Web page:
The heroine inherits her grandmother’s journal and discovers that the main event of her life – eighteen months in Ravensbruck – are relegated to three small pages. After the war the grandmother changes from being an elegant rich farmer’s daughter to a woman with thin hair and a kerchief around her head. She made it back to her farm but had to wait a few years for the State to reassign it to her. She stores the chocolates that friends give her in her cellar and they become inedible. Sometimes she sleeps in the same room as her granddaughter and it’s then that the habits she learnt at Ravensbruck come flooding back. She feels no shame in being naked in front of the child and tells her not to put dirty newspaper into her vagina when she is menstruating – a tip she learnt in the camps. The grandmother sleeps with her arms tightly around her, as though she were still in the cold prison huts, yet in the morning it is as though the physical intimacy between grandmother and granddaughter never happened. Rather than the facts, it is learning to live with the facts that dominates Haderlap’s astonishing novel.

Even more “expelled from life” than his mother is the heroine’s father who cannot ever find a sense of peace or calm. As a ten-year old boy he was captured by the police and tortured for information as to the whereabouts of his mother. Three times the police staged a mock hanging of the boy. On their final attempt his mother ran out of house and was arrested. The grown-up boy wanders around the farm restlessly with a noose threatening to kill himself. When challenged by his daughter he claims that he will never do it but that holding the noose calms him down. The father is the most unsettling presence in a book full of people who cannot come to terms with what they have lived through. Once his mother dies he directs his rage towards his family as well as the outside world. He is drunk and aggressive, cruel to his wife and at times vicious with his children.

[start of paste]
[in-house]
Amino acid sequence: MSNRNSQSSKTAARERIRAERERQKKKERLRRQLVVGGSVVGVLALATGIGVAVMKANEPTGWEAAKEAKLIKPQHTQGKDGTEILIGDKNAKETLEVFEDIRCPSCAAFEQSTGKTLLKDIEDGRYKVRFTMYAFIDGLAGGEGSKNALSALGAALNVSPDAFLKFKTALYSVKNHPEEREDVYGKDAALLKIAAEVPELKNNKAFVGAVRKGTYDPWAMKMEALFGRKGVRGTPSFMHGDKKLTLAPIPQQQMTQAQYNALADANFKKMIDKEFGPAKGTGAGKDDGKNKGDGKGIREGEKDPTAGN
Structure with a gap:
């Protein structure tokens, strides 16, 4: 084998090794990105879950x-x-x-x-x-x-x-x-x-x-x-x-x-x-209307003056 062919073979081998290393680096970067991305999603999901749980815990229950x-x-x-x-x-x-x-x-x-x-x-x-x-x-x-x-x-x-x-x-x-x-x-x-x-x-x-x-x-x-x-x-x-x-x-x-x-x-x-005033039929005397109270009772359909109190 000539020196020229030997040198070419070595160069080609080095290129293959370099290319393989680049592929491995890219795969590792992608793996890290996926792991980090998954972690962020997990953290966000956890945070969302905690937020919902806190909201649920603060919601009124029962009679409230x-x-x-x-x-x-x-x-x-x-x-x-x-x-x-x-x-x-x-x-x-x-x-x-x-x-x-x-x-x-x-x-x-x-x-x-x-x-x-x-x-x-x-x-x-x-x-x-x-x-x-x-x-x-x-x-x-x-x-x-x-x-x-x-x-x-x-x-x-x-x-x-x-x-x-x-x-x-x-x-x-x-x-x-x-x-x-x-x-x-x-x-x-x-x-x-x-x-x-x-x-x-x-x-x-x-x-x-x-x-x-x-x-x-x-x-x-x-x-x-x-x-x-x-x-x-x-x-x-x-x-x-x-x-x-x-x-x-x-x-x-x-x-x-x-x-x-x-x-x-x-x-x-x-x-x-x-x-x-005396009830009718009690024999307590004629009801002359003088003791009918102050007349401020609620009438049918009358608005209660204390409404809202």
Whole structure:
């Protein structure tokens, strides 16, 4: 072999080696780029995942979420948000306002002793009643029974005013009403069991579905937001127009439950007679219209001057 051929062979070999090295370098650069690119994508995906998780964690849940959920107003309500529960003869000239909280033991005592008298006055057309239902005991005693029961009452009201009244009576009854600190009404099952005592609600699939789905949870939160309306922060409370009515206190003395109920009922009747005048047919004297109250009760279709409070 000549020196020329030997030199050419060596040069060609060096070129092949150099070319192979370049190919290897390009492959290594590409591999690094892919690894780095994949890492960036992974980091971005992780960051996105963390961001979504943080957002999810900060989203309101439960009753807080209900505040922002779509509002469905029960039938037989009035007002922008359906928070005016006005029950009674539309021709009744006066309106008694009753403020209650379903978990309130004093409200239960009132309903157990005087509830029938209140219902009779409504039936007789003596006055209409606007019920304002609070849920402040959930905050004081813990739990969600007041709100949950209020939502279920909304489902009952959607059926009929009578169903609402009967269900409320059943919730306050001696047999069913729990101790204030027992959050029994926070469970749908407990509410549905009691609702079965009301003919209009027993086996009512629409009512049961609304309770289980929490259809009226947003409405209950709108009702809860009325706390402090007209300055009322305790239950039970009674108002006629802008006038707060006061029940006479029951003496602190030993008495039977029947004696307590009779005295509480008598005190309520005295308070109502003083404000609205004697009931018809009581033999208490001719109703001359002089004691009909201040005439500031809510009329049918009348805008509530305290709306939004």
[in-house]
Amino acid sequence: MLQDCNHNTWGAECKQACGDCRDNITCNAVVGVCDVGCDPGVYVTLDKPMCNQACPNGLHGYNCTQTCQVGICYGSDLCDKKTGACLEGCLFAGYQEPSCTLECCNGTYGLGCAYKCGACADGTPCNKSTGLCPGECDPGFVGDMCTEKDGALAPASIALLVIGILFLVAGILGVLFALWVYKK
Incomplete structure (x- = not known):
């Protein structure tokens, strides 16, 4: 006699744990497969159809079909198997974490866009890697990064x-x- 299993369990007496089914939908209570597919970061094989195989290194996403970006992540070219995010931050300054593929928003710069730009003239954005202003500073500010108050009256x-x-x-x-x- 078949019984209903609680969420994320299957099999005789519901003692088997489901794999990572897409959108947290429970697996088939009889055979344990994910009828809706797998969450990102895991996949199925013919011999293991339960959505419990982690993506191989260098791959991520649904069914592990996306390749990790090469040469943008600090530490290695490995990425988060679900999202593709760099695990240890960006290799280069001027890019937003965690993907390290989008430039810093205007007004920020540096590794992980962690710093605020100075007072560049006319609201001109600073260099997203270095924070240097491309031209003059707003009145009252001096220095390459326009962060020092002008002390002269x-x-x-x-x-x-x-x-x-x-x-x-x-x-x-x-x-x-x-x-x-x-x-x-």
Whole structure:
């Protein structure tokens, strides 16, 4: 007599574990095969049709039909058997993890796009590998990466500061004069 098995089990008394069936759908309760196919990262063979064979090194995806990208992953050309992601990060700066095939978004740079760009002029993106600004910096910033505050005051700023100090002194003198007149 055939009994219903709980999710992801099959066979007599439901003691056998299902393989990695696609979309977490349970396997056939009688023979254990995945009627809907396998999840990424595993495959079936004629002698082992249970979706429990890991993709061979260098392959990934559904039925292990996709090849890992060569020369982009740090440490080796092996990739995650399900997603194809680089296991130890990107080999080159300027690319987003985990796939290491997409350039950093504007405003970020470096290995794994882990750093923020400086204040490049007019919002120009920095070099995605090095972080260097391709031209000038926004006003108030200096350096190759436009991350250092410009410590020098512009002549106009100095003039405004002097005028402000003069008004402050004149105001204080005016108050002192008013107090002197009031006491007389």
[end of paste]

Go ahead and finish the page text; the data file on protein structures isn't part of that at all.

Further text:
The father has learnt “the ABC of forgetting” but can never understand those fellow countrymen who denounced him and his family. On the 50th anniversary of the Anschluss he receives 5000 schillings from the State as a victim of Nazi oppression. He decides to spend it all on himself because he was the one who suffered. He is a lost soul and there is something hopelessly vulnerable about him. He exudes an air of danger and resentment. He is the ‘moral inheritor’ of the war.

Angel of Oblivion ends with the Bosnian war and Slovene independence. The heroine cannot quite feel a part of that independence because she is neither Slovene not Austrian but both. The older generation cannot believe that all the atrocities they lived through in the 1940s are happening again only fifty years later. Nothing has been learnt. Haderlap graduated in theatre studies because even if the most dreadful things happen on stage, once the curtain is down it is over and forgotten – unlike for the damaged people she grew up with for whom the war was never over. She is a dramaturge and a poet and her prose is full of rich poetic images and constructions. It is a profoundly beautiful and deeply upsetting novel worthy of all the prizes. Thank you once more Austria.

Reviewed by Henrietta Foster

Angel Of Oblivion

Written by Maja Haderlap

Translated from the German by Tess Lewis

Published by Archipelago Books


Henrietta Foster is a television producer and writer. She works mainly for the BBC and has just finished ‘Beyond The Grace Note’ – a documentary film on women orchestra conductors. She is also writing a book about Hungarian Jews.

Read Henrietta Foster’s #RivetingReview of BUT YOU DID NOT COME BACK by Marceline Loridan-Ivens

Read Henrietta Foster’s #‎RivetingReviews of THE INFLATABLE BUDDHA by Andras Kepes

Category: ReviewsDec 2016 - Germany